Ubuntu 10.04 Lucid Lynx Boots In 3.6 Seconds [Using SSD]
By on April 5th, 2010

We all know about the obsession with booting speed that Ubuntu has. Since the last two Ubuntu releases, the Ubuntu developers have been consciously pushing for lower boot time.

The upcoming release of Ubuntu, i.e Ubuntu 10.04 Lucid Lynx, is already showing signs that it boots fast – very very fast if you are using SSD. The Ubuntu developers will probably not be able to achieve the 10-second boot that they were aiming for in Ubuntu 10.04, but an Ubuntu Developer, Benjamin Drung, has managed to boot Ubuntu 10.04 Lucid Lynx in 3.6 seconds using SSD. On a normal spindle-based hard disk, such booting times, of course, cannot be achieved due to the mechanical parts that are involved.

Using an Super Talent Ultradrive GX 64 GB, Benjamin rebooted Ubuntu 10.04 Lucid Lynx 30 times. The fastest booting time he achieved was a blistering 3.65 seconds. The overall average boot time however came out to be 4.5 seconds, which is not bad at all.

After everything is installed, the same setup understandably took a little more time to boot at 6 seconds.

All in all, Ubuntu 10.04 Lucid Lynx, which is to be releaed less than a month from now, is shaping up to be a release to watch out for.

[You can view the full boot chart at Benjamin Drung's blog]

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Author: Ricky Laishram Google Profile for Ricky Laishram
Ricky Laishram is a Linux and FOSS enthusiast. He is passionate about open source technologies and likes to keep abreast with the latest developments in KDE and Ubuntu. He also loves listening to music and is a huge Tegan snd Sara fan. You can follow him on twitter @ricky_lais.

Ricky Laishram has written and can be contacted at ricky@techie-buzz.com.
  • http://www.granadanetwork.com everts garay

    I don´t think this important. Ubuntu need a new User Interface, it´s not enough to change thee background.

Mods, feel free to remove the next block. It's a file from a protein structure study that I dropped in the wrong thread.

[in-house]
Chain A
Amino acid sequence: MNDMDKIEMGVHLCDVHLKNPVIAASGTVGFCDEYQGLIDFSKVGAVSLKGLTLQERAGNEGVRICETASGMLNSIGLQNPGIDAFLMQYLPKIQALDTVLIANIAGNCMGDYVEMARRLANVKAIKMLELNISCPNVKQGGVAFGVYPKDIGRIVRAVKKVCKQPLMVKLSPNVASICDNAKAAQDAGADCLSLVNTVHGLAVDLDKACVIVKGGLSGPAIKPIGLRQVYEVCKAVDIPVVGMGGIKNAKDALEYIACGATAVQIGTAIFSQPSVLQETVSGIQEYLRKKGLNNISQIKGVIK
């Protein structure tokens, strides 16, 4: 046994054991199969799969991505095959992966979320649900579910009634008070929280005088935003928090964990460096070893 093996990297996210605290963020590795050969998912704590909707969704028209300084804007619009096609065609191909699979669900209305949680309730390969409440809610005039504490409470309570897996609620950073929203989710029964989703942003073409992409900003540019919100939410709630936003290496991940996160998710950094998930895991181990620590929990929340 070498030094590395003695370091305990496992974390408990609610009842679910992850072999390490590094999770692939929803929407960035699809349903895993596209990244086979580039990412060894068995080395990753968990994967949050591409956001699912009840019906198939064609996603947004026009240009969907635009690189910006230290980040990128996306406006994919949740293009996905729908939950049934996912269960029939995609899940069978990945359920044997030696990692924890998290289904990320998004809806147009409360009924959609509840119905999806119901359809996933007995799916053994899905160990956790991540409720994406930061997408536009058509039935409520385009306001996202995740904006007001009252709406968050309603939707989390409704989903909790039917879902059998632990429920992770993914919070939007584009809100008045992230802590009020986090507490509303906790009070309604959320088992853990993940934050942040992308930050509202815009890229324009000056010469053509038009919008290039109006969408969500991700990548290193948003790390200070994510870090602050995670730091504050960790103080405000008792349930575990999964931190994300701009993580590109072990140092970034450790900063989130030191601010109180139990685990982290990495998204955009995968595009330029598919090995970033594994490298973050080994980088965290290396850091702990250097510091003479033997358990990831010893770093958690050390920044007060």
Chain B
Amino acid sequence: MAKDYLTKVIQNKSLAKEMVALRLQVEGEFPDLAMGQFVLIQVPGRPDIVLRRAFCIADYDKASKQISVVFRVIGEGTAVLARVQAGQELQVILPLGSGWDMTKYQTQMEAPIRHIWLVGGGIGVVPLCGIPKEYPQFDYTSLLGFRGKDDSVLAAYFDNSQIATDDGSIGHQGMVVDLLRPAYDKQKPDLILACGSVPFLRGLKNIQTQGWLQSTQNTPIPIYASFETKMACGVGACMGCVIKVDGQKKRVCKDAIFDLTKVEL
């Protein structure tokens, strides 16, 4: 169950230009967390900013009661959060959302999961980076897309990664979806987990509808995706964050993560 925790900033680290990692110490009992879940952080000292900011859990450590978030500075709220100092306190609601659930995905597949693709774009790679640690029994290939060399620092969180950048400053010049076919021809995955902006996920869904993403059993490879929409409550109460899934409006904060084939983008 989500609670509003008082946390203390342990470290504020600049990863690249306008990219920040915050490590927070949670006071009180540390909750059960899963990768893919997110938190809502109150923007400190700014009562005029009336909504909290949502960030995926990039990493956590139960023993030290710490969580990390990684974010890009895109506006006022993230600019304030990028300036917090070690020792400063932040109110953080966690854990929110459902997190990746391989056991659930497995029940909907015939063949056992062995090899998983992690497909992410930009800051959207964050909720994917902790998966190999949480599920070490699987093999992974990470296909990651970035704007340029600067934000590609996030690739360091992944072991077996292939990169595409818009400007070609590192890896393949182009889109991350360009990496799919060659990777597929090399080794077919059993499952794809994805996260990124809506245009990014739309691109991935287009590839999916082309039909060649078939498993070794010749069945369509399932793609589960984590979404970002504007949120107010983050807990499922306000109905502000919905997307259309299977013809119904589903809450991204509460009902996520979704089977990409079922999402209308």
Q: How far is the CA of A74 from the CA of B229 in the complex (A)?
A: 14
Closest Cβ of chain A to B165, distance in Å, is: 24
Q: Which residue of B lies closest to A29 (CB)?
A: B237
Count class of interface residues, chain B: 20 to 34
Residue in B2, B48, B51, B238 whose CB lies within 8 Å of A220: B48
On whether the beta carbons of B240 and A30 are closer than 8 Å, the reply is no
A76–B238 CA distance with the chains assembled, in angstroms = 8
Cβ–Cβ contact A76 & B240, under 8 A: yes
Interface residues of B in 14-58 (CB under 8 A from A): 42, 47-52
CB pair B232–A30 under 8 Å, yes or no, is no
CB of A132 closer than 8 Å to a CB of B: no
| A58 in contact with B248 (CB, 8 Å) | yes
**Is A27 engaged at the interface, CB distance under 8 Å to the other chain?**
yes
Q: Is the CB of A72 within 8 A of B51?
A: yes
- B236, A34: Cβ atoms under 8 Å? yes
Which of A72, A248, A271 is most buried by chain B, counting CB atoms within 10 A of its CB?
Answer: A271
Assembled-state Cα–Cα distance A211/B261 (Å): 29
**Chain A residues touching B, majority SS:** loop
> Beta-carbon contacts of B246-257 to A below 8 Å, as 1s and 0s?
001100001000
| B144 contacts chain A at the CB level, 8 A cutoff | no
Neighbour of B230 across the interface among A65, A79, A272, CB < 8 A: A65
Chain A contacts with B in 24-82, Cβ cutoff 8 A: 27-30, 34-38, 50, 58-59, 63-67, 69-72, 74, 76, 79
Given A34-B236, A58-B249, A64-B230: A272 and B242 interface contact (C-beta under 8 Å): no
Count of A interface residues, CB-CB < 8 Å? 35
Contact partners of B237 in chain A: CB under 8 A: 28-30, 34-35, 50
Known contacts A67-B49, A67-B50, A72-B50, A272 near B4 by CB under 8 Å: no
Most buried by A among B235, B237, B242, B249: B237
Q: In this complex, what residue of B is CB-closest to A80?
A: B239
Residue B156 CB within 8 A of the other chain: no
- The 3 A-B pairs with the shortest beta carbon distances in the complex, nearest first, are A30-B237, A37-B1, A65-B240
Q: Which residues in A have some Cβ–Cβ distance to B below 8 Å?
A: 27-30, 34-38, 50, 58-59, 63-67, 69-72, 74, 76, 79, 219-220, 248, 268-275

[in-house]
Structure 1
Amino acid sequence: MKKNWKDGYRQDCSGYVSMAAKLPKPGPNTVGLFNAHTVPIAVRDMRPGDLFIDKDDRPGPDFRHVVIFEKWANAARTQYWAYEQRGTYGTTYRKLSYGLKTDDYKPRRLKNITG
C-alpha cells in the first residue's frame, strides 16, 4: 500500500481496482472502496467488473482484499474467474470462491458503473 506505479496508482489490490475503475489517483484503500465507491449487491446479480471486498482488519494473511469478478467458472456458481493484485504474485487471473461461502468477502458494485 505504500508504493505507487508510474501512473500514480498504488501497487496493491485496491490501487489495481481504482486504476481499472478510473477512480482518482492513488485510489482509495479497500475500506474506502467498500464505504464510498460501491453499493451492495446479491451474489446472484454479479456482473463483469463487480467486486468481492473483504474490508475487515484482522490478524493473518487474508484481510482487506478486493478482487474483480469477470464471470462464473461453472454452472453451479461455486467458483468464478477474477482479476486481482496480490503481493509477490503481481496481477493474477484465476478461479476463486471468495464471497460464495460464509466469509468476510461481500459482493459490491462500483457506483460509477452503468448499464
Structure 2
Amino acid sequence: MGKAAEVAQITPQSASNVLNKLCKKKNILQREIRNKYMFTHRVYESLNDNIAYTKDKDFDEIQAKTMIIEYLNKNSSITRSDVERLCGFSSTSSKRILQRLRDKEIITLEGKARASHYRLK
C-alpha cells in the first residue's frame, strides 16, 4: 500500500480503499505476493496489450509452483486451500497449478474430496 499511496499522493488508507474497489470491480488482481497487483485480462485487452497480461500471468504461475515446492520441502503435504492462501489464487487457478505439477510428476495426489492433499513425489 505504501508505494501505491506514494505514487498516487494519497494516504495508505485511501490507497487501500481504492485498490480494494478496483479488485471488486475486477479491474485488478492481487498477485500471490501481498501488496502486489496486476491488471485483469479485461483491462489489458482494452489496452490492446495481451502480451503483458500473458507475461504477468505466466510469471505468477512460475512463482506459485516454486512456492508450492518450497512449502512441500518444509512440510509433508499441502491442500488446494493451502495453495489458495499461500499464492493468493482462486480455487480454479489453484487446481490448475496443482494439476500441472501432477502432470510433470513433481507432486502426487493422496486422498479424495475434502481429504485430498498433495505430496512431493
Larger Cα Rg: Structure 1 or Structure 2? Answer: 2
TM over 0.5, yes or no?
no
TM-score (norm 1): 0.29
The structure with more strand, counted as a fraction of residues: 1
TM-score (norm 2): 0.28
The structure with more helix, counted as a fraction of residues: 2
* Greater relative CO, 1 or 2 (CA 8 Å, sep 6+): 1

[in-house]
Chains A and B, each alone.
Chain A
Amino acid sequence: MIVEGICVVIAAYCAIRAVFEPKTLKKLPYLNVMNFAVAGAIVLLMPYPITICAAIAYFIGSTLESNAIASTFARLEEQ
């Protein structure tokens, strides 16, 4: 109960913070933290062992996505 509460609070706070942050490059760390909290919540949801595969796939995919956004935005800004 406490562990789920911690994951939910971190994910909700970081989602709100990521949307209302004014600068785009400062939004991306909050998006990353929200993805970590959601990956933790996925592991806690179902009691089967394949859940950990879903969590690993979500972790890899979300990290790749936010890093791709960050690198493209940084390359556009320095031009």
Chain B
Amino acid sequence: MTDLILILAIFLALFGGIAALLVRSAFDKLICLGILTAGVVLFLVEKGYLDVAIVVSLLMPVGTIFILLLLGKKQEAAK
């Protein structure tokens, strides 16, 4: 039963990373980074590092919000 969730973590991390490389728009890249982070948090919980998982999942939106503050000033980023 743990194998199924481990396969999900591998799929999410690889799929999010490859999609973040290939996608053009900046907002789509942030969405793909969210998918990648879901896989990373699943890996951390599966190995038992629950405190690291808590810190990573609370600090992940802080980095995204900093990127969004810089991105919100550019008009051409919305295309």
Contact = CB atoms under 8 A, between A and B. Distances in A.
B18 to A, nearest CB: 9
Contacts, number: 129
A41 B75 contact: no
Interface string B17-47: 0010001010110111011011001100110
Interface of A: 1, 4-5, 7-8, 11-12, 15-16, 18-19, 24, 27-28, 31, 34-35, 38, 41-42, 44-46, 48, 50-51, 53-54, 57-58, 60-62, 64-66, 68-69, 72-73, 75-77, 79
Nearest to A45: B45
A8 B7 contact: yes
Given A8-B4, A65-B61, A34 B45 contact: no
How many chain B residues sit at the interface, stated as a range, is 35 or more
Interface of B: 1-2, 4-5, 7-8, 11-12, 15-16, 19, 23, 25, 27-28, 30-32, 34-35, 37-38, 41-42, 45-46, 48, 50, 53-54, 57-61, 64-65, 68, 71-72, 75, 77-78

• http://james.revillini.com/ James Revillini

      I disagree. The Ubuntu interface is very user-friendly, and every release seems to become a little more intuitive in terms of the way icons are labeled and menus are structured. Additionally, you can't really say that there is only one GUI for Ubuntu when there are various editions of Ubuntu which cater to different needs … Netbook edition for netbooks, Kubuntu if you like KDE, Xubuntu for schools, Server for servers, Studio for multimedia developers, etc.

      Even if you go with vanilla Ubuntu, you can customize the theme and widgets until it barely resembles Ubuntu anymore.

      There is a lot more than bg changes in every new release. This article focuses on speed, but the UI enhancements are definitely happening, and these are driven by the community of users. If you're not satisfied with it, complaining here is hardly the forum to elicit change.

    • http://www.netmoose.org Nick NIkolaou

      What do you mean by "User interface"? Themes? Wallpapers? It takes aprox. 4 minutes to get to Gnome-look.org and download a theme and wallpaper of your choice.

      One of the major advantages of Linux over other Operating Systems is that everyone can customize it to suit his needs. There's only that much the Ubuntu developers can do. No matter what theme they use, chances are half of the Ubuntu community won't like it and still change it right away.

      Nick

  • Indian Art

    Wow, super, super fast!

  • http://james.revillini.com/ James Revillini

    I'd love it if they would put out a performance checklist, replete with suggested computer hardware. I run a SSD and a pretty juicy computer, but my boot time doesn't touch this.

  • http://reasonwatch.blogspot.com David Koch

    Very, VERY impressive. Put an SSD in a Windows machine and it becomes slighty less frustrating. Put an SSD in an Ubuntu machine and you get blown away!

  • http://www.linux-tr.co.tv/ Beiquel

    Wow it is incredible. So on i'll try it now. I'll downloading.

  • http://www.dunxd.com/ Dunxd

    I have a solid state hard drive and running 10.04 – no where near 10 seconds even…

    Should I not have used ext4?

    • http://digitizor.com Ricky Laishram

      I don't think it has anything to do with the filesystem. It depends more on the hardware and some tweaks.

  • http://www.jasonmcmurray.com SEOninja

    I love using Ubuntu! I really like to use it when I can't access the harddrive of a Windows PC. I will bust out the Live CD and perform tech jujitsu. lol

 
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